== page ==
We talk frequently on this site about the importance of health when it comes to traveling. After all, without your health, traveling becomes difficult, if not impossible. Given that we’re living through a global pandemic – one that seems to worsen by the day – it feels fitting to touch upon this subject again.
Obviously, on this blog, we’re massive fans of traveling. In fact, it’s kind of like our lifeblood. As you can see by the exhaustive list of countries we’ve explored, nothing is more exciting to us than stepping foot on a new land and learning about a new culture or society in person.
But these are unprecedented times and while there are still countries out there accepting tourists, the risks associated with traveling must be acknowledged.
Additionally, because so many hospitals are overworked by COVID-19, some of them are slammed to the point of peak capacity and that’s cutting into the treatment available to people who don’t have the virus but who have other serious, possibly life-threatening conditions.
From diagnostic screenings to mental health consultations, it’s important to not let the pandemic derail any treatments or medical attention you need.
Make sure you’re still getting regular cancer screenings
If you’re in a certain risk category and age, you need to get regular screenings for cancer. For men, prostate cancer is much more common than most people think and there are many different kinds, including acinar adenocarcinoma, ductal adenocarcinoma, transitional cell cancer, and several others.
According to the American Cancer Society, there are nearly 175,000 new cases of prostate cancer and over 30,000 deaths annually. However, prostate is no longer a death sentence and, in fact, many men now beat it with only minimally invasive procedures. In addition to prostate cancer natural treatment options, advances in early detection, diagnosis, and staging have made it a very survivable cancer.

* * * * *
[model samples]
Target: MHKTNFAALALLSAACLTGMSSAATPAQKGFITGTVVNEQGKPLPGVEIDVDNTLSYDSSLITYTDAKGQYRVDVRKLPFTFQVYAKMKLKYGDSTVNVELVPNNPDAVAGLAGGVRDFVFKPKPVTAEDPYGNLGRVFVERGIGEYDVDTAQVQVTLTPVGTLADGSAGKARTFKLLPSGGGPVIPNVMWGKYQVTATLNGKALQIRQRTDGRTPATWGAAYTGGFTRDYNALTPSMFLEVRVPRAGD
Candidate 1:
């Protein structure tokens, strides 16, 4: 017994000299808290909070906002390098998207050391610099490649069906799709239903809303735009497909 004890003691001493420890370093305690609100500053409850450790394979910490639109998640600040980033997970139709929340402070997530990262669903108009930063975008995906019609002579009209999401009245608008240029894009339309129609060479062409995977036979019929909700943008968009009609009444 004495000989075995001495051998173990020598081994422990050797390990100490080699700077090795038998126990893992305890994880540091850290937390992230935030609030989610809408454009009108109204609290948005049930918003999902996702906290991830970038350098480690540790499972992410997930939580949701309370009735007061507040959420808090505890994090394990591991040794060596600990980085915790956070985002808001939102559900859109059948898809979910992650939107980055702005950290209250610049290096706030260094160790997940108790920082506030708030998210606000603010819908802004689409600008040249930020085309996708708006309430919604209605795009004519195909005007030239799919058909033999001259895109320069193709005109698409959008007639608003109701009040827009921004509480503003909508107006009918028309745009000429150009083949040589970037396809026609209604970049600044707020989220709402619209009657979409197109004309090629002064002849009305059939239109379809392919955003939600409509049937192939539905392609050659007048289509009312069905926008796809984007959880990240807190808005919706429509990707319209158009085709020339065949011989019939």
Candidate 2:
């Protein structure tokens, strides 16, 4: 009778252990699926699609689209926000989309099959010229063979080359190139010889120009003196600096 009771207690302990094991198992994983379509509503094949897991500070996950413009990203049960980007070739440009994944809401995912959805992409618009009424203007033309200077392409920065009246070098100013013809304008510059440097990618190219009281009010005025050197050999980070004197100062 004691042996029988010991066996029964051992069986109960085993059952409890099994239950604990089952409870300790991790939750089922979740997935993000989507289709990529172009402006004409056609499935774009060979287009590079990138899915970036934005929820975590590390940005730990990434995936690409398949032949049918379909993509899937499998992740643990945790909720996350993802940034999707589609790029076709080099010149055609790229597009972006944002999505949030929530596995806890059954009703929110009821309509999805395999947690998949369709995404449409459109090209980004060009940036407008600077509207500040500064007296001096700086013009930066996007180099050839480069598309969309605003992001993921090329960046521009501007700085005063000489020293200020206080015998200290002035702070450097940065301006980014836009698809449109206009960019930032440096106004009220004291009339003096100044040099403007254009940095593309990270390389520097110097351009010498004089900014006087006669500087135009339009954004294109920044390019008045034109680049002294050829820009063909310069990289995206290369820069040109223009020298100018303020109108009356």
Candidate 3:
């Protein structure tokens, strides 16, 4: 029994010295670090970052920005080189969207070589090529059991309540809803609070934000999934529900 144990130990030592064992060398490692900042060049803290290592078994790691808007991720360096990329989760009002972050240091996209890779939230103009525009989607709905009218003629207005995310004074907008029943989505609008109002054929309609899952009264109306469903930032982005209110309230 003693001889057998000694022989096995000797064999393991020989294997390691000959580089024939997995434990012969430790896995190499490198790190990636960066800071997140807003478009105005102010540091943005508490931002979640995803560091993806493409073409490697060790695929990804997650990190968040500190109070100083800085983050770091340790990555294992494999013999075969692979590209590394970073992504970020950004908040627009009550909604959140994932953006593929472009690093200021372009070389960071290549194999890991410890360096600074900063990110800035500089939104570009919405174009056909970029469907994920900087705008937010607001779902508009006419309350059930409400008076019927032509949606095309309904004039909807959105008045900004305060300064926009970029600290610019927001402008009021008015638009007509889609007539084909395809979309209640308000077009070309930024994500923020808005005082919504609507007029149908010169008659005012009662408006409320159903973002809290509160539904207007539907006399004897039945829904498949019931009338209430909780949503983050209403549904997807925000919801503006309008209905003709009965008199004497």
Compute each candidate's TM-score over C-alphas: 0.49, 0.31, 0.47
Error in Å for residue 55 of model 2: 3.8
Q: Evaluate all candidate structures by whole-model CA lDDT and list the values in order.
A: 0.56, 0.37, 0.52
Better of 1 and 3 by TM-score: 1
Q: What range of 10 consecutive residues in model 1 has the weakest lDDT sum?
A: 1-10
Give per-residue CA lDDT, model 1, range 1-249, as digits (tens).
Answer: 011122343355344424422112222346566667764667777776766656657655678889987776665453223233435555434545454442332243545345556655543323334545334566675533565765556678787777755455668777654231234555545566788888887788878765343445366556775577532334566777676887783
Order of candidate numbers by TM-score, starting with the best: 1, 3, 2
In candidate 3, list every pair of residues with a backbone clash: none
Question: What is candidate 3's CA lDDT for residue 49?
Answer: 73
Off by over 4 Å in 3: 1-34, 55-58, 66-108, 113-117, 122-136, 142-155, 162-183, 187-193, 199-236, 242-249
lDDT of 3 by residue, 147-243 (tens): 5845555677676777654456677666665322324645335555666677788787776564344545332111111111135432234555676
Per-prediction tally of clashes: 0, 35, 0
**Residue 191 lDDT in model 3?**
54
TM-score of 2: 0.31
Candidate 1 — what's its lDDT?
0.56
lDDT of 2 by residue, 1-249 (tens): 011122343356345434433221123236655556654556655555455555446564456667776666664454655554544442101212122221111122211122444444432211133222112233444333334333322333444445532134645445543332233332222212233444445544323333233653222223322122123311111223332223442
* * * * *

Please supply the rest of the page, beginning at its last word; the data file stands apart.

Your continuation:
Of course, prostate cancer is just one of many forms for which you must be screened. If you’re planning to travel in the future, make sure that the pandemic doesn’t distract you from getting cancer tests. Waiting even a year can be the difference between a treatable tumor and a fatal one.
Take mental health seriously
I’ve written about mental health struggles on this blog before and, during the pandemic, this issue has become more relevant than ever. Millions of people who already struggle with mental illness are suffering additional pain because of the isolation and anxiety caused by the quarantines and social distancing measures. Many more people who may have never experienced poor mental health before are taking on a new challenge and it can dramatically affect families.
Especially for people who love to travel and do so every chance they get, the alienation caused by the pandemic can cause depression, anxiety, stress, and other symptoms.
The most important thing right now is to at least acknowledge if you’re struggling. There’s no virtue in denial when it comes to something like this. If you’re experiencing severe depression, try to schedule a virtual appointment with your doctor. If there are problems with that – such as a long delay before your appointment – you can get immediate help with mental health hotlines.
These are unprecedented times which call for thinking outside the box. This blog is devoted to traveling and while there are still dozens of countries you could travel to right now, it may be worth sitting out a few plays as the world figures out how to control this coronavirus.
In the meantime, take the necessary precautions so that when it is safe to travel again, you will be fit as a fiddle and ready to explore the world again. Start by making sure you are getting the necessary diagnostic screenings you need and taking care of the mental health of you and your loved ones.